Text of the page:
Coroner bans media from reporting all evidence in Shargin Stephens inquiry

AMBERLEY, NEW ZEALAND - APRIL 10: A police officer stops a car at a checkpoint on April 10, 2020 in Amberley, New Zealand. With New Zealand in lockdown due to COVID-19, police are setting up checkpoints across the country to ensure people on the roads are travelling for essential purposes only. The Easter long weekend is a popular time for New Zealanders to go on holiday, however current Level 4 restrictions in place due to the coronavirus (COVID-19) pandemic requires everyone to remain at the place of residence they were in as of midnight 25 March when New Zealand went into lockdown. (Photo by Kai Schwoerer/Getty Images)
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By Guyon Espiner for RNZ

A coroner has banned media from reporting all evidence in the inquiry into the death of Rotorua man Shargin Stephens, who was shot by police.

It comes after RNZ revealed significant discrepancies in the official story of the police shooting.

Stephens was shot and killed in July 2016 after smashing up an empty police car with a weed slasher.

The Independent Police Conduct Authority report said the shooting was justified but the police's own investigation contradicted many of the findings in the IPCA report.

Now, two days after RNZ's story was published, Hamilton Coroner J P Ryan has issued an interim order prohibiting any evidence presented to the inquiry into Stephens' death from being published.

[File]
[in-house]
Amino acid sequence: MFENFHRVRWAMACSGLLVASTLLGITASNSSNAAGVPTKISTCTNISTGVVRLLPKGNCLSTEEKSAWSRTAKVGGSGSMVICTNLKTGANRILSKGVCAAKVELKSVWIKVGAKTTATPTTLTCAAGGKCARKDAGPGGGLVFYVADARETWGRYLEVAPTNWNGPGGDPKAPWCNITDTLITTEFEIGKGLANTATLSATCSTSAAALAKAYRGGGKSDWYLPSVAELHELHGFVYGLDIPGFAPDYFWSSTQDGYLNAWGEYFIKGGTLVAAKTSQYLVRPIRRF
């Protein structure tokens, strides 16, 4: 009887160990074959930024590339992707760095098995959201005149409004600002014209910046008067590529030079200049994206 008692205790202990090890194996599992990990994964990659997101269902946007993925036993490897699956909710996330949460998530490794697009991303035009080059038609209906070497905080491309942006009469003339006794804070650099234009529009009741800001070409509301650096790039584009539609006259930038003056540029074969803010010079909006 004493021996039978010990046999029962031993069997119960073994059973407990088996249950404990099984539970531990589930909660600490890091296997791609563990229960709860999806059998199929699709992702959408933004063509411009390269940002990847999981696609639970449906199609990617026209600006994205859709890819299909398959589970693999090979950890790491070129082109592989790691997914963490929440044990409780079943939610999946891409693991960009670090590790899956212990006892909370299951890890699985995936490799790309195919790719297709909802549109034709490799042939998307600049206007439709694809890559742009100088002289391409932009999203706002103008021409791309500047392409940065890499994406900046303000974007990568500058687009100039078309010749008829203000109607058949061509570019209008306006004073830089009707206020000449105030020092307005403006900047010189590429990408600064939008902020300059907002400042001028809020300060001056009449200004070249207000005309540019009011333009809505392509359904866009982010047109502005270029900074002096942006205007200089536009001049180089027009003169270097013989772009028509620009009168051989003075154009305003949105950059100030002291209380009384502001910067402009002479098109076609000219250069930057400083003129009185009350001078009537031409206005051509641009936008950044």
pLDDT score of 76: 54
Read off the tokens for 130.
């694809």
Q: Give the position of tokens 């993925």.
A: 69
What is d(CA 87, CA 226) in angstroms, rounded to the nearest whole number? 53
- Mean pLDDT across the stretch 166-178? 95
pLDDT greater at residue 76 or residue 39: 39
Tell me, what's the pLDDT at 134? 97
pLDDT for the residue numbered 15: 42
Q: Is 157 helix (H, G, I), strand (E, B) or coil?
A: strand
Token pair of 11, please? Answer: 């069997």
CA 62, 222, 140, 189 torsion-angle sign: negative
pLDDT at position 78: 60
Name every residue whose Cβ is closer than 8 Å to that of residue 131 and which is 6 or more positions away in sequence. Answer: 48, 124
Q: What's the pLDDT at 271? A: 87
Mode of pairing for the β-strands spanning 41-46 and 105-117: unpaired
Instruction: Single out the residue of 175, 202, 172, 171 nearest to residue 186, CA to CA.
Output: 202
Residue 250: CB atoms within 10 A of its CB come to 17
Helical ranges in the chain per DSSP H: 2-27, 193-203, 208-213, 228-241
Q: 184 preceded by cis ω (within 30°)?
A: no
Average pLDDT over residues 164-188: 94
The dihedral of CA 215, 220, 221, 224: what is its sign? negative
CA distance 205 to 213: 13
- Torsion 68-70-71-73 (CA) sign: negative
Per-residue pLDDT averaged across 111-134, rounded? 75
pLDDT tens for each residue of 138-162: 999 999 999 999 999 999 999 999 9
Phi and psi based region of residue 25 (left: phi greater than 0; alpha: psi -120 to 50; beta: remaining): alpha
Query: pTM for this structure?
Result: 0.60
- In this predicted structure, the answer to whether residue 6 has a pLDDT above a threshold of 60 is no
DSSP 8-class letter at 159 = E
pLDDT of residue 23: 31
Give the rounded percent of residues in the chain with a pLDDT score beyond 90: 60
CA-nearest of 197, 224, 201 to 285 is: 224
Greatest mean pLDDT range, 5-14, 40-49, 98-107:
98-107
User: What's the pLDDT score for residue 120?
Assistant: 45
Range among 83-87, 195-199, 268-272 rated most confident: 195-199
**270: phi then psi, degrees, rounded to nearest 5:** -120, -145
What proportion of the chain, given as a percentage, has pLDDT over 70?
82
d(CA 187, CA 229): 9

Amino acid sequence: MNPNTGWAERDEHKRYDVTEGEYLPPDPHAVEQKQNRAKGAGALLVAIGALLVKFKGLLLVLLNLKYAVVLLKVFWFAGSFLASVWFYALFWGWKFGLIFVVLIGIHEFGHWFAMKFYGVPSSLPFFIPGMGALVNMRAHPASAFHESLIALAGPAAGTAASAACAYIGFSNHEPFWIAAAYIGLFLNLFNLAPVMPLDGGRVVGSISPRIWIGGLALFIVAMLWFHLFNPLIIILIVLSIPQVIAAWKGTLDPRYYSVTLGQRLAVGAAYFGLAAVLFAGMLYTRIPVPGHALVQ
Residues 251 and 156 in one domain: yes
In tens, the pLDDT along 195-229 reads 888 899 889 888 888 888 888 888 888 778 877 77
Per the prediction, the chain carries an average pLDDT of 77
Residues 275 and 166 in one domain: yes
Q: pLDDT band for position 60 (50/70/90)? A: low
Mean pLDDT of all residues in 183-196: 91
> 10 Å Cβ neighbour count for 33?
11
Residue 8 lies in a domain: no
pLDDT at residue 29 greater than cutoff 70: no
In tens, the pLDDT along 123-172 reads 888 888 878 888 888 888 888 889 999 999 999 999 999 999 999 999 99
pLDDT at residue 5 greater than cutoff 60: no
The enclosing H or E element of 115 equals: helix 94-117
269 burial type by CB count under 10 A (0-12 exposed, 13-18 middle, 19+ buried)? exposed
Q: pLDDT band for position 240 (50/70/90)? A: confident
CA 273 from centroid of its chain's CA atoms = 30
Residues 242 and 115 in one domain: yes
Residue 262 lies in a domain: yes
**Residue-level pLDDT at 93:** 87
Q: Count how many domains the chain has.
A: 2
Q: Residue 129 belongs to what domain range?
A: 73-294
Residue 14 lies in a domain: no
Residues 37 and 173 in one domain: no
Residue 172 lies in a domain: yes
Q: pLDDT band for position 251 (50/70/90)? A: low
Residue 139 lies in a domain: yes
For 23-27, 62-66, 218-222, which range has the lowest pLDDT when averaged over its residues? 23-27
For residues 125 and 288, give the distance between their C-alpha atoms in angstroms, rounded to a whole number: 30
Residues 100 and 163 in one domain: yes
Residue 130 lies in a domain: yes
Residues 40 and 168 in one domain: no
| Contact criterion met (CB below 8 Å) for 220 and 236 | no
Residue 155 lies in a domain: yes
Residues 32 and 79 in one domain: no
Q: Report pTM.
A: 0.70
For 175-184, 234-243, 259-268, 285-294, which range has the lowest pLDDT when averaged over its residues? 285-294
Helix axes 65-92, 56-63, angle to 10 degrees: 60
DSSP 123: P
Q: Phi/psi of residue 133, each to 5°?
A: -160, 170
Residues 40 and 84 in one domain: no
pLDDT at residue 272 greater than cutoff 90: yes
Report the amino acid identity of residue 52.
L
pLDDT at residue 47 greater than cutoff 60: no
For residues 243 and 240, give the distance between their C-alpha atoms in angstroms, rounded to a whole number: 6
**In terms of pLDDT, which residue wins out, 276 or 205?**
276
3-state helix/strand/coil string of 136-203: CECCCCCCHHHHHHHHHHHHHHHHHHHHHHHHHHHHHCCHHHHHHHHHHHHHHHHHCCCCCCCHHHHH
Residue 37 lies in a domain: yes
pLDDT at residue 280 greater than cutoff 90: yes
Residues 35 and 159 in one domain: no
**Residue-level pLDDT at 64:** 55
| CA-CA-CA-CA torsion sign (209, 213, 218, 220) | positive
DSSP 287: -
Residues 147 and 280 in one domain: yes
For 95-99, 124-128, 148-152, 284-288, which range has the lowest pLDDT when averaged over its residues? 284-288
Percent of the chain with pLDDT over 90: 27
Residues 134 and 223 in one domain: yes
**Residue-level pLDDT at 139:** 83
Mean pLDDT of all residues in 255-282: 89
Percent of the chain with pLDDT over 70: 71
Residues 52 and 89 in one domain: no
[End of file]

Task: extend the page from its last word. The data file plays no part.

The order was made under section 74 of the Coroner's Act, which allows a Coroner to ban publication of evidence if they believe it is in the interests of "justice, decency, public order or personal privacy" to do so.

Coroner Ryan's order is wide ranging and applies to any minutes issued by the coroner, memos filed by lawyers and any evidence or submissions relating to any part of proceedings.

The Coroner said the order was made on the grounds that it was in the "interests of justice and personal privacy".

He said the reasons for his decision were set out in a separate minute but a Ministry of Justice spokesperson said that document was covered by the prohibition order so could not be released.

Stephens, a 35-year-old Māori man, was on electronically monitored bail when he was shot in 2016.

Despite this, the police bail checked him 64 times in the five weeks leading up to the shooting, sometimes three or even four times a day.

Fifteen of these times they went to his house between 11pm and 6am.